While you may spot a few skinless trout offerings at the fishmonger, more commonly you'll find trout fillets with the skin on one side, topped with flaky, oily flesh. Don't bother removing the skin. Not only is trout skin thin enough to be edible, but it cooks up to a satisfying crispness on the grill. Lemon juice -- a natural partner for fish -- helps preserve the skin's natural color while neutralizing any potential "fishiness." Along with these attributes, lemon juice adds flavor to trout without piling on fat and calories.
Oil your grill rack. Set up the grill for medium-high heat.
Cut a lemon into wedges. Squeeze the juice from all of the wedges into a small bowl.
Add a splash of olive oil or melted butter to the lemon juice. If desired, sprinkle in spices and chopped herbs. Whisk this basting liquid until the ingredients are well-incorporated.
Place the trout fillets on a clean platter. Brush the non-skin portion of the trout with the lemon juice-basting mixture. Sprinkle salt and pepper over the lemony basting liquid.
Put the fish, skin-side up, on the grill. Leave plenty of space between all the fish fillets.
Flip the fish after 3 to 5 minutes. Grill the trout skin-side down for an additional 3 to 5 minutes, or until the flesh flakes easily.
Remove the trout fillets from the grill. Serve the trout on individual plates or on a large platter.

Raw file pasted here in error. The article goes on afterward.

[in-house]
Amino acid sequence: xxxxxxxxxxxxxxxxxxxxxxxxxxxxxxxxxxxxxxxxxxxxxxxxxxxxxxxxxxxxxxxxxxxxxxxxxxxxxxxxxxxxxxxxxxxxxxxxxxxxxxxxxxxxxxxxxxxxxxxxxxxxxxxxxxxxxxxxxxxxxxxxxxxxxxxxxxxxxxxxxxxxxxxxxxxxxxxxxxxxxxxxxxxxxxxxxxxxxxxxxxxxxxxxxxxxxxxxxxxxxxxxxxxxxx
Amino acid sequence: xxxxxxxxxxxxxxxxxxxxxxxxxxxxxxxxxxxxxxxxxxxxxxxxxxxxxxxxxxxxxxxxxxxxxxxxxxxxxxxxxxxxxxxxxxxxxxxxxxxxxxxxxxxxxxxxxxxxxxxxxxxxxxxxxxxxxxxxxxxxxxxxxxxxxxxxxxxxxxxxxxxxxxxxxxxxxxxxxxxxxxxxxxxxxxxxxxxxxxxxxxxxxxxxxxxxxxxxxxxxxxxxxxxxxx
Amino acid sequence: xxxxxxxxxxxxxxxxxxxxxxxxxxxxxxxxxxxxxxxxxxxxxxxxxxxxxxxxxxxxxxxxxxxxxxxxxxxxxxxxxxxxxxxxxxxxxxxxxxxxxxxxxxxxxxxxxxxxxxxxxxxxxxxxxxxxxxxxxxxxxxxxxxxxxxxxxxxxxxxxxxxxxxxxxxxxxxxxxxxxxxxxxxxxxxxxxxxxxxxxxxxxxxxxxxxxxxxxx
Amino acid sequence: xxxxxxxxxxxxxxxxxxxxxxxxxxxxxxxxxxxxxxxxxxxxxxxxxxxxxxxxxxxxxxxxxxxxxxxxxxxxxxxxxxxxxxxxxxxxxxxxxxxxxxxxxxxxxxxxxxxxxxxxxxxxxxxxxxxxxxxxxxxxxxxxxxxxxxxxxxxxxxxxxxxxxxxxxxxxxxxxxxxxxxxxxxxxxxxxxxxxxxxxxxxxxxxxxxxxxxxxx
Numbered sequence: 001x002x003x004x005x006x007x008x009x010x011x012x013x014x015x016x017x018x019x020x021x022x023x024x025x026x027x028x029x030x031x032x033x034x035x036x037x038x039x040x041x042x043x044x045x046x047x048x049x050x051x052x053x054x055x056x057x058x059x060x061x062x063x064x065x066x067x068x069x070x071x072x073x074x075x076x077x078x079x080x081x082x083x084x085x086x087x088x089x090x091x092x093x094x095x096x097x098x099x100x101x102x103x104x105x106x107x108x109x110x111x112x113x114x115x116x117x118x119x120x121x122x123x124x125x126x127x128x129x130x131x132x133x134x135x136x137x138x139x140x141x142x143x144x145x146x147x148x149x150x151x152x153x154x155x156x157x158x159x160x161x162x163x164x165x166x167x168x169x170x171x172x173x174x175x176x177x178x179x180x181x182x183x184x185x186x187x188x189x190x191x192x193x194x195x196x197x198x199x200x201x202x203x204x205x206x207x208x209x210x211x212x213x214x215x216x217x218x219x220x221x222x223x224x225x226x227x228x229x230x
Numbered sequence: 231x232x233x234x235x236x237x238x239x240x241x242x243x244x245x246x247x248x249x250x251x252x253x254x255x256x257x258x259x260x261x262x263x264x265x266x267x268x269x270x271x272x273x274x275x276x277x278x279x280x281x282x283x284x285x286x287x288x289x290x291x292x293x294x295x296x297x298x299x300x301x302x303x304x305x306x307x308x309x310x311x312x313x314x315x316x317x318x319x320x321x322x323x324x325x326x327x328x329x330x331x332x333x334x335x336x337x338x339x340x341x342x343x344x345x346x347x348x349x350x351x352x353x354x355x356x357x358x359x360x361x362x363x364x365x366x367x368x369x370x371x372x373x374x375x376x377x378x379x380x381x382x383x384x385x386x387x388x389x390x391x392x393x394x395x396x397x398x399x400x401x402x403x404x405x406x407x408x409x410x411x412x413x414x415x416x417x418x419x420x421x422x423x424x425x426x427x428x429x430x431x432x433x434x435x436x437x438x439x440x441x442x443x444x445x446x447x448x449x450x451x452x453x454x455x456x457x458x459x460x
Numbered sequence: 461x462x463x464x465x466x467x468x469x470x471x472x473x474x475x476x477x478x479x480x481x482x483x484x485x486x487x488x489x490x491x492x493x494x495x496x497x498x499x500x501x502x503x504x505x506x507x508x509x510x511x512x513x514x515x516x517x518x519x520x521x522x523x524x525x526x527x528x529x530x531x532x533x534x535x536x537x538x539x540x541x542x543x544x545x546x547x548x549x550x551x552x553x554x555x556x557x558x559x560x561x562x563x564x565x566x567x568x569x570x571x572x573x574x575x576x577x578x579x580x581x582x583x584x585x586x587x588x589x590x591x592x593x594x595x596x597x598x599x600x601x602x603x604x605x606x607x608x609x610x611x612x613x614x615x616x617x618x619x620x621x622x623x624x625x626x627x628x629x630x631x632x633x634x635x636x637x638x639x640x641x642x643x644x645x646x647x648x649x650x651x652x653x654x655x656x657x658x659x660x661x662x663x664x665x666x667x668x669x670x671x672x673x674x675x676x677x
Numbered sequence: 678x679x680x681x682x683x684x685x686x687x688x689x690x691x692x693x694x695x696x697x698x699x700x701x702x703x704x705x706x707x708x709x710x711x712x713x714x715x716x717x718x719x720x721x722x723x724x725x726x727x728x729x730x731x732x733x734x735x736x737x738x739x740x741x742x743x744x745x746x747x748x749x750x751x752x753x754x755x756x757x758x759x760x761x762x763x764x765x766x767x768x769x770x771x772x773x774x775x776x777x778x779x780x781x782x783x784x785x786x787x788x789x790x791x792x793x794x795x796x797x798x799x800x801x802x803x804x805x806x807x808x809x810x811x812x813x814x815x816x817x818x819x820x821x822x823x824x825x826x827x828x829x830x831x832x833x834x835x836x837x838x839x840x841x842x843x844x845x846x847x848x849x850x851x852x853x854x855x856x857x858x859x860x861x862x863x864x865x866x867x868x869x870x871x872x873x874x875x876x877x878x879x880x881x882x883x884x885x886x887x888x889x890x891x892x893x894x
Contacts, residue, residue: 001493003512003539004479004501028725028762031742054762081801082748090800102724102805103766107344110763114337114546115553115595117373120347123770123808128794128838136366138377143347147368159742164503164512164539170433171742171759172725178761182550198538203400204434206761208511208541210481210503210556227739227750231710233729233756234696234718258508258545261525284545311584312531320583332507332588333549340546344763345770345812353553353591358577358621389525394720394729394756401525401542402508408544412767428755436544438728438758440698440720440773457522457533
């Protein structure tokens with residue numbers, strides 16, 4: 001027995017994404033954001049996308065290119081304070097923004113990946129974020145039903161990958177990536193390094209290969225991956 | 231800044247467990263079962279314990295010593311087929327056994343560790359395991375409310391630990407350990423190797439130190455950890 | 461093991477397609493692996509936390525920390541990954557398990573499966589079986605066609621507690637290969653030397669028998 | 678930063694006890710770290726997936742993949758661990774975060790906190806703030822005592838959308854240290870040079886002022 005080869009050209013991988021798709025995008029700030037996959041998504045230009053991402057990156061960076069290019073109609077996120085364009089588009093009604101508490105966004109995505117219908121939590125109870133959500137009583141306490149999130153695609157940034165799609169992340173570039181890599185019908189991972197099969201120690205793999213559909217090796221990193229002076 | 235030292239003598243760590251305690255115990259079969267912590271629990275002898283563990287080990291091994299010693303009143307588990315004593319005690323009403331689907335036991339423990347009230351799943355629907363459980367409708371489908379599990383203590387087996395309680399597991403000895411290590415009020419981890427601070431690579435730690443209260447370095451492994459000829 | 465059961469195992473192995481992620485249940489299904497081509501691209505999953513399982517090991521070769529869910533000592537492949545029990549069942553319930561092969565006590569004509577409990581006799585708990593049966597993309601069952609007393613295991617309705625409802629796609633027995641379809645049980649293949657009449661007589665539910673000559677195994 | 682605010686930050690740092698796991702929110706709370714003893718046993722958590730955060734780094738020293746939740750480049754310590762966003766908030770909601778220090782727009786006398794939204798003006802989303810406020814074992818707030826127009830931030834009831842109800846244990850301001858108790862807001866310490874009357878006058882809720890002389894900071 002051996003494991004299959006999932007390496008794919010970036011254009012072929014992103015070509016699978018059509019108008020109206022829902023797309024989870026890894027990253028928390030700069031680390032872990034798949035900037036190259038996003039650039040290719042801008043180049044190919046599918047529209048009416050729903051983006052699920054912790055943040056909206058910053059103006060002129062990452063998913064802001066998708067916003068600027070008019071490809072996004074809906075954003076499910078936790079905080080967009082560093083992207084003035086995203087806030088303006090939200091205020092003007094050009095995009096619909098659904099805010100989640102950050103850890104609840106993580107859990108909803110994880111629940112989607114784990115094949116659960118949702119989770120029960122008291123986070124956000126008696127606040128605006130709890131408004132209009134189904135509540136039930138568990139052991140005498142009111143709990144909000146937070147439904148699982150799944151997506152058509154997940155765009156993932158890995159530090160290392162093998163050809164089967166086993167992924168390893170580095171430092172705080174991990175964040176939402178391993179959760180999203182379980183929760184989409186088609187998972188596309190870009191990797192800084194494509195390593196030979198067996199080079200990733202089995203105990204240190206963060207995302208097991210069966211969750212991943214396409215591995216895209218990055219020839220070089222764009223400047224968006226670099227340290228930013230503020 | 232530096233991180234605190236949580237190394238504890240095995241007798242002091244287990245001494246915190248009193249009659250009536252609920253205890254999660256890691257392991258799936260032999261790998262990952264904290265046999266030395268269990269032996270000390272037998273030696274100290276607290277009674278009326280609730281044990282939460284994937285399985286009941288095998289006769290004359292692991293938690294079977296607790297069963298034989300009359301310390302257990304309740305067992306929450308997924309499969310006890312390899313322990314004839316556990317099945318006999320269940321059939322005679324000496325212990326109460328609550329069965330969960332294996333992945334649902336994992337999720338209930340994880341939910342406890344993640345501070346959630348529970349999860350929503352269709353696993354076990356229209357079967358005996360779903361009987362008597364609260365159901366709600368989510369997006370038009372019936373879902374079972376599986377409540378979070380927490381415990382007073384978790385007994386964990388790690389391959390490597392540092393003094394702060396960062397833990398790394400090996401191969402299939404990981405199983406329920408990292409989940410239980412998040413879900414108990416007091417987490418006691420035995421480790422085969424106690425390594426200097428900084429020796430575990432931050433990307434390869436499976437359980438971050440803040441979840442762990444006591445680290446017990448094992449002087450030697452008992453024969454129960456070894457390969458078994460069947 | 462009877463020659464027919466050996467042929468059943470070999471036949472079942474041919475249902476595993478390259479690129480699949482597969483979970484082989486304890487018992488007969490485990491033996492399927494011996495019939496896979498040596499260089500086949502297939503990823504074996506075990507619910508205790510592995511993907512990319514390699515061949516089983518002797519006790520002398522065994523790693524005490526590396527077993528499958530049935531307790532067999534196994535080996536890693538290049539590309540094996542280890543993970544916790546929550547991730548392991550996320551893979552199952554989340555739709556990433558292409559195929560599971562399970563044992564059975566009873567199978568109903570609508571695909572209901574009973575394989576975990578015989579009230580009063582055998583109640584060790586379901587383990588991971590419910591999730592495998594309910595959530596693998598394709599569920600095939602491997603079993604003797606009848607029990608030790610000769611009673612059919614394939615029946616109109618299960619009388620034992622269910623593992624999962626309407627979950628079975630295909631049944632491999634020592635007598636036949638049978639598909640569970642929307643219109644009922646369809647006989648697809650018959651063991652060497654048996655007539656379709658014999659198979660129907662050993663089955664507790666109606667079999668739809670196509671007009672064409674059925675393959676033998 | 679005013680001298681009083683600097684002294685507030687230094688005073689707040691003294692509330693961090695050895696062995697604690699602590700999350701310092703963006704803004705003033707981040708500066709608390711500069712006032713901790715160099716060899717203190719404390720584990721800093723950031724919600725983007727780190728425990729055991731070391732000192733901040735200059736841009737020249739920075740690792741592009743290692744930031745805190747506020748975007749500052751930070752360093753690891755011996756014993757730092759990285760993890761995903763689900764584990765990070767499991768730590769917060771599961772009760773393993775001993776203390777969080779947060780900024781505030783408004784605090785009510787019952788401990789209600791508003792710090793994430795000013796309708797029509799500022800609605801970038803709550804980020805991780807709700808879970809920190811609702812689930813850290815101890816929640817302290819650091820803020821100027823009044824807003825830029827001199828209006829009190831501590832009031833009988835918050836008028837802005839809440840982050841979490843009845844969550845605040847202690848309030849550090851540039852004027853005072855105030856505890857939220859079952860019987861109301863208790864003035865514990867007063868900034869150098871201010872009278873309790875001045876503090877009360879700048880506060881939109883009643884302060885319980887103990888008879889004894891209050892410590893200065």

Remember to bring your seasonings and basting liquid to the grill when you carry the trout over. While you can prep the flesh side of the fillets in the kitchen, you'll need these ingredients on hand once the trout is flipped.
If you really like fish skin, consider grilling a whole trout. Use whole trout that's already cleaned and gutted. Tuck lemons and other aromatics inside the fish for extra flavor and brush oil or mayonnaise on the skin for extra crispiness. Depending on the size, the fish cook in about 12 minutes total grilling time.
The U.S. Department of Agriculture considers 145 degrees Fahrenheit the safe minimum internal temperature for cooked fish. If you have a cooking thermometer, use it to confirm this temperature while the fish is still on the grill. If you don't own one, look for opaque flesh that you can easily flake, which indicates thorough cooking.